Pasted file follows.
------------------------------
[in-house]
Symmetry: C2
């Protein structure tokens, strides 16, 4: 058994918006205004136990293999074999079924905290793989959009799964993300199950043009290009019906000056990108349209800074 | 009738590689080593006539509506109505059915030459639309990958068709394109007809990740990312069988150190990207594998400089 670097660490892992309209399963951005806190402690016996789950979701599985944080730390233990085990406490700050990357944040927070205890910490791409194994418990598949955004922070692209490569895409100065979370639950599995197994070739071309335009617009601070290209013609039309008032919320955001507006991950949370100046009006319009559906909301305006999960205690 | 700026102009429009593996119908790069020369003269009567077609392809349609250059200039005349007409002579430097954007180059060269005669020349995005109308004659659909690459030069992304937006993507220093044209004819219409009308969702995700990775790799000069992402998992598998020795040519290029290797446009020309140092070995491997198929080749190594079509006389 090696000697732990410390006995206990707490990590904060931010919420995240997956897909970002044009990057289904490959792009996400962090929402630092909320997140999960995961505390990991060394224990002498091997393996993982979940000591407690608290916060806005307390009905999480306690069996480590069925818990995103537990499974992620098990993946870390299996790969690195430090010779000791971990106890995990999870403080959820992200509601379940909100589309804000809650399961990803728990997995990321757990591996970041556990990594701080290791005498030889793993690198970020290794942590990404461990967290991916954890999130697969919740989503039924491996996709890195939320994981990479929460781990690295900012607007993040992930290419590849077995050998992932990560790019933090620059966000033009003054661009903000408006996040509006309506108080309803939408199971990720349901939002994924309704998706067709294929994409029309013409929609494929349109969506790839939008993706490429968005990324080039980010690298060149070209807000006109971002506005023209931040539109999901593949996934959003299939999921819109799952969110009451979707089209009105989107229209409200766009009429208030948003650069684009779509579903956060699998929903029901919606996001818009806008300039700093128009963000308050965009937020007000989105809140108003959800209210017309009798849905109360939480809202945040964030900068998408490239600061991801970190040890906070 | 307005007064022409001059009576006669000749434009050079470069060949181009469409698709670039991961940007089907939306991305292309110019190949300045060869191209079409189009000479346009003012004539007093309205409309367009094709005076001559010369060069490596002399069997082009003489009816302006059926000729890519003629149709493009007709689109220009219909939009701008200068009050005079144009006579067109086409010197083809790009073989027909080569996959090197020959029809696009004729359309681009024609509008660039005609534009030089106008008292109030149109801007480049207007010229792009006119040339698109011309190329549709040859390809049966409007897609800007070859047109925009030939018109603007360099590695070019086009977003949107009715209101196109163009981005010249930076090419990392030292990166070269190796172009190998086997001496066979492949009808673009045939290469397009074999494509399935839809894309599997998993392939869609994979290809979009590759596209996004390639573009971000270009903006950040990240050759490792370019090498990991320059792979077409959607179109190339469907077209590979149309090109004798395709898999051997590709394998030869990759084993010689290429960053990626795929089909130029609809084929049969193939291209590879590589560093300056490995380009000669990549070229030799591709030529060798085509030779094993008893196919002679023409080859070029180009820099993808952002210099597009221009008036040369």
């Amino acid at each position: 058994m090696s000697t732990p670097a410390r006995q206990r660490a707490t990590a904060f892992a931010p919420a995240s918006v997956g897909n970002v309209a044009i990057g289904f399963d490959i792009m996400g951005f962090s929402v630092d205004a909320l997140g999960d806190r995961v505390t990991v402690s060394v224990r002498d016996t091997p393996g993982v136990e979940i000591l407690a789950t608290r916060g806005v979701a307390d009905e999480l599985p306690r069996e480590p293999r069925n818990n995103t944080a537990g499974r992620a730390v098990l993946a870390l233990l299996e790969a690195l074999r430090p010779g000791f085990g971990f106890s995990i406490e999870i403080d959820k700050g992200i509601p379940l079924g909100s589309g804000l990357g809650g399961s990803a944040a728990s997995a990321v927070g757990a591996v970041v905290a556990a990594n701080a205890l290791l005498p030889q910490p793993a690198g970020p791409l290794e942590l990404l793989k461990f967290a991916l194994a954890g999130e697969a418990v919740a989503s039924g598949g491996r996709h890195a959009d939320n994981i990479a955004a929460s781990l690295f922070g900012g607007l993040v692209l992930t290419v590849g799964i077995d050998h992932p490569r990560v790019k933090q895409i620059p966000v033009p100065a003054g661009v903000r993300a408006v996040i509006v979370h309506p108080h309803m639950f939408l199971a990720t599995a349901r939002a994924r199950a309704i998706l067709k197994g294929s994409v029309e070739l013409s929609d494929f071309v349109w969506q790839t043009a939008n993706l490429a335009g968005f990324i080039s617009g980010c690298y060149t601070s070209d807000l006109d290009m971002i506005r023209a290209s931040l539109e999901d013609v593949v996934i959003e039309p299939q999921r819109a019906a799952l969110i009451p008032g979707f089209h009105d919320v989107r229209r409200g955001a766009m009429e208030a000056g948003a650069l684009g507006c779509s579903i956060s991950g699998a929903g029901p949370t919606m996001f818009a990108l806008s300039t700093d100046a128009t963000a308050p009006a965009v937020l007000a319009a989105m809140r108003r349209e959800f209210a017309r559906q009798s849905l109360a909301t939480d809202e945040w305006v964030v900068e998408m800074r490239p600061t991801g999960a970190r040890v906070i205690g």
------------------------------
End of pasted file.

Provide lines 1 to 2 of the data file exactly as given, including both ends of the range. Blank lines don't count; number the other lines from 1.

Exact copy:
[in-house]
Symmetry: C2